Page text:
Google's chief legal officer, David Drummond, penned a statement, published in the Guardian, in which he put forward the company's case. "When it comes to determining what's in the public interest, we're taking into account a number of factors," Drummond wrote. "These include whether the information relates to a politician, celebrity or other public figure; if the material comes from a reputable news source, and how recent it is; whether it involves political speech; questions of professional conduct that might be relevant to consumers; the involvement of criminal convictions that are not yet "spent"; and if the information is being published by a government. But these will always be difficult and debatable judgments."
That Google is having to decide the validity of each request on a case by case basis is testament to its power - delisting results is at the company's discretion. Of course, Google is not able to remove articles or websites from the internet, but as by far the largest search engine on the planet, taking down searches tends to considerably reduce the access to such pages. But Drummond asserted that adapting to the European ruling will be part of a learning curve. "Only two months in our process is still very much a work in progress," Drummond wrote. "It's why we incorrectly removed links to some articles last week (they've since been reinstated). But the good news is that the ongoing, active debate that's happening will inform the development of our principles, policies and practices."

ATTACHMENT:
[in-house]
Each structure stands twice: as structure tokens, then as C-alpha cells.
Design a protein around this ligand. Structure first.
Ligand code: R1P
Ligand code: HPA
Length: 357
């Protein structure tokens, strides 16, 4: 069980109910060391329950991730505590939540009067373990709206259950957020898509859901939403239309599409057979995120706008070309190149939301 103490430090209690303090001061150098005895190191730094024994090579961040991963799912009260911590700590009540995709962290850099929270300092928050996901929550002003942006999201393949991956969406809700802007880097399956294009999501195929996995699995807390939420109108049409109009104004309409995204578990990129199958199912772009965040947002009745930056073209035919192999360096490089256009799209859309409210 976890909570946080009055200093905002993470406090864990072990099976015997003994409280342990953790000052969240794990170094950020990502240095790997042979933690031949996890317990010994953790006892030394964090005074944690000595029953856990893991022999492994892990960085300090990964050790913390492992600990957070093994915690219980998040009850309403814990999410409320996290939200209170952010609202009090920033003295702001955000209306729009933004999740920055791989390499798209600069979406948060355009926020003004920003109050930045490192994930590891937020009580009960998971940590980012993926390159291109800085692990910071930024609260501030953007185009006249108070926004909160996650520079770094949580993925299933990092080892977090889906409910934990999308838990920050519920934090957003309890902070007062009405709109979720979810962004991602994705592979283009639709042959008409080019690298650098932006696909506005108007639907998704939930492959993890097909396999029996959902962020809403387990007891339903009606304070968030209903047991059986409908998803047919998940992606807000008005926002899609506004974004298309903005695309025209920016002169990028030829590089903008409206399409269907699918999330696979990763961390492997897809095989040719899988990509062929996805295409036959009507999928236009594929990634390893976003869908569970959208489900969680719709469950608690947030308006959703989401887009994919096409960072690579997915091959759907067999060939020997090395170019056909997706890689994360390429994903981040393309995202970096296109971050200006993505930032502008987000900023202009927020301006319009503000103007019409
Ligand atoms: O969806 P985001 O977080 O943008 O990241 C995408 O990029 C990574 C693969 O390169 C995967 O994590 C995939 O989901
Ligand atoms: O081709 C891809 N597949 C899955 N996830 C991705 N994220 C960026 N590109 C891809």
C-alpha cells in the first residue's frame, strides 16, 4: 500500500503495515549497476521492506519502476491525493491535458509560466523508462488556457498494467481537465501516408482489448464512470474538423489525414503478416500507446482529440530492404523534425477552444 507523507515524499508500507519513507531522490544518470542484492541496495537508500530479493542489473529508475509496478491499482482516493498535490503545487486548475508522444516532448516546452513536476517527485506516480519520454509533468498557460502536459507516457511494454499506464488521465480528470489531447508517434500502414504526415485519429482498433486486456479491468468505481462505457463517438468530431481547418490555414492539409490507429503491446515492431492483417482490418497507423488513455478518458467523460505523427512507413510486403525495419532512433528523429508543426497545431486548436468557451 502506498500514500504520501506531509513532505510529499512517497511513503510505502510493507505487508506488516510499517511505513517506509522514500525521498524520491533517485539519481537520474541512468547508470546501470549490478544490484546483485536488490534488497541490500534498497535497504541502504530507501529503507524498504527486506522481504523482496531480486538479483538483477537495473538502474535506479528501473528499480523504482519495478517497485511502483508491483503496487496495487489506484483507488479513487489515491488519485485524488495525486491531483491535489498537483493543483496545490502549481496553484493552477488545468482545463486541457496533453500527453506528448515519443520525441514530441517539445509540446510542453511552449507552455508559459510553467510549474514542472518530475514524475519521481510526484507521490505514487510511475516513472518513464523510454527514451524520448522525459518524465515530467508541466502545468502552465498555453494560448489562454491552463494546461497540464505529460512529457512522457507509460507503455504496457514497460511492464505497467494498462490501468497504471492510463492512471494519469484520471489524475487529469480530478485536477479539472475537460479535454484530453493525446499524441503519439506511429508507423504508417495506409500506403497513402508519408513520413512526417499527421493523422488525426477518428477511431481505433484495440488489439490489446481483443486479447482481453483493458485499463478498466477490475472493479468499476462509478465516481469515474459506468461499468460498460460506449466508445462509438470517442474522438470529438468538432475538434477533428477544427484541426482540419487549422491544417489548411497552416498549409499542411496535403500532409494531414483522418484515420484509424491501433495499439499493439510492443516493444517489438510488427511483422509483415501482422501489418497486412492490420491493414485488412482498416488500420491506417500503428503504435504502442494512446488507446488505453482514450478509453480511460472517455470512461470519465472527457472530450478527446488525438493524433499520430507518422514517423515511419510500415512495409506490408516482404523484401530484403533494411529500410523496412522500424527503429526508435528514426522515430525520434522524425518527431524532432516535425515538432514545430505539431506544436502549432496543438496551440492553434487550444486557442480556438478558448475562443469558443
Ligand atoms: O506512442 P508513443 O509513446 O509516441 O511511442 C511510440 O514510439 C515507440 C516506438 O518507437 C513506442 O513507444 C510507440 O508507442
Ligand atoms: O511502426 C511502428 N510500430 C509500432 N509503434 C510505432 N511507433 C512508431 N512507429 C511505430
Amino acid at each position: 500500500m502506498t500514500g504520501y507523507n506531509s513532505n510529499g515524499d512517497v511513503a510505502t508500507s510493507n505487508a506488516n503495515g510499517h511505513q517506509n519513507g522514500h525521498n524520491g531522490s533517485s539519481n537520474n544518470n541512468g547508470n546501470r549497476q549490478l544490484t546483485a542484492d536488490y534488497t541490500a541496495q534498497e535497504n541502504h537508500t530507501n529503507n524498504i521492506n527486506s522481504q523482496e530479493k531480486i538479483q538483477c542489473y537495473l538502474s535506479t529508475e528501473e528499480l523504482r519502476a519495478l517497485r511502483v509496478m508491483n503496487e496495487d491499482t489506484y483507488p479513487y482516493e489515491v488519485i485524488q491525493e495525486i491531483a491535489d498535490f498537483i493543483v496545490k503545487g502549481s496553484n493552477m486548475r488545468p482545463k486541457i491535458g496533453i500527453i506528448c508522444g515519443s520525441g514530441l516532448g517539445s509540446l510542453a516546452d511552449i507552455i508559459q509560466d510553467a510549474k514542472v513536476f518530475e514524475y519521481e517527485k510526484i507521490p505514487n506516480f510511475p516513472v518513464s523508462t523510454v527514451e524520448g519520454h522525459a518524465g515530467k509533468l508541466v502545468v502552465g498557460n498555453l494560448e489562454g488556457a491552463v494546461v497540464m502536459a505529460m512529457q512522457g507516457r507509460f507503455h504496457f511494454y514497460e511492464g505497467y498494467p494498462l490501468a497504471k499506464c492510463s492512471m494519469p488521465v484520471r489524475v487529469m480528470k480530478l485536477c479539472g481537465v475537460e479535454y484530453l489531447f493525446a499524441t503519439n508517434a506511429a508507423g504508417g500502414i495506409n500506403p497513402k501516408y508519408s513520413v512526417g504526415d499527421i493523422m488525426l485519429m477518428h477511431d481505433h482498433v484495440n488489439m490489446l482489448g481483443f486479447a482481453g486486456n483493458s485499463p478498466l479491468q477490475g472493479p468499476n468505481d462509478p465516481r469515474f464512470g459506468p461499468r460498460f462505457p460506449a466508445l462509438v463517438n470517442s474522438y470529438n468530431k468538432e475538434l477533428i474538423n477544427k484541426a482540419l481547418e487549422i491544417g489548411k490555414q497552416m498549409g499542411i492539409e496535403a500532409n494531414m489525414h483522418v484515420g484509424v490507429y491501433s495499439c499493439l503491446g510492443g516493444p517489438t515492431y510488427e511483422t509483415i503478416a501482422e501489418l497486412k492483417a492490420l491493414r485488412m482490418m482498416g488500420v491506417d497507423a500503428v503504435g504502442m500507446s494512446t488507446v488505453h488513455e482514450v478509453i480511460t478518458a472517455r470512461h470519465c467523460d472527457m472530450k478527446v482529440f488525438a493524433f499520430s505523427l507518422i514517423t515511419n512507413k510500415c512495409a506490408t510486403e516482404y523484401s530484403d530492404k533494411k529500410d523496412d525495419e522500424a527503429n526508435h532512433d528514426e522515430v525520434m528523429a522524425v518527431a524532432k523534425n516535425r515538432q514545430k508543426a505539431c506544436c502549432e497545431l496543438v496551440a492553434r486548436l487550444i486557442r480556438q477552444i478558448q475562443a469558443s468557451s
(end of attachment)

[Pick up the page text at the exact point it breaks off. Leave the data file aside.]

Chinese state media said the Apple iPhone is a national security threat, citing the tracking ability of the popular smartphone, including its "Frequent Locations" function found in iOS 7.
Apple has worked diligently to build a strong following in China, a booming smartphone market, but has struggled against its rivals. China currently controls 6 percent of the Chinese smartphone market, with Samsung, Lenovo, Coolpad, Huawei, and Xiaomi ahead - but revenue from China is growing, so Apple will continue to promote iPhones there.
Washington and Beijing have an extremely touchy relationship, and cyberespionage and security issues are certainly complicated, with both sides accusing one another of surveillance techniques. Meanwhile, Apple has been criticized by Chinese state media and the government itself on several occasions, along with being criticized for not having good levels of customer service.
Britain has now joined the United States in demanding that travelers have fully-charged smart devices before they're allowed to board flights.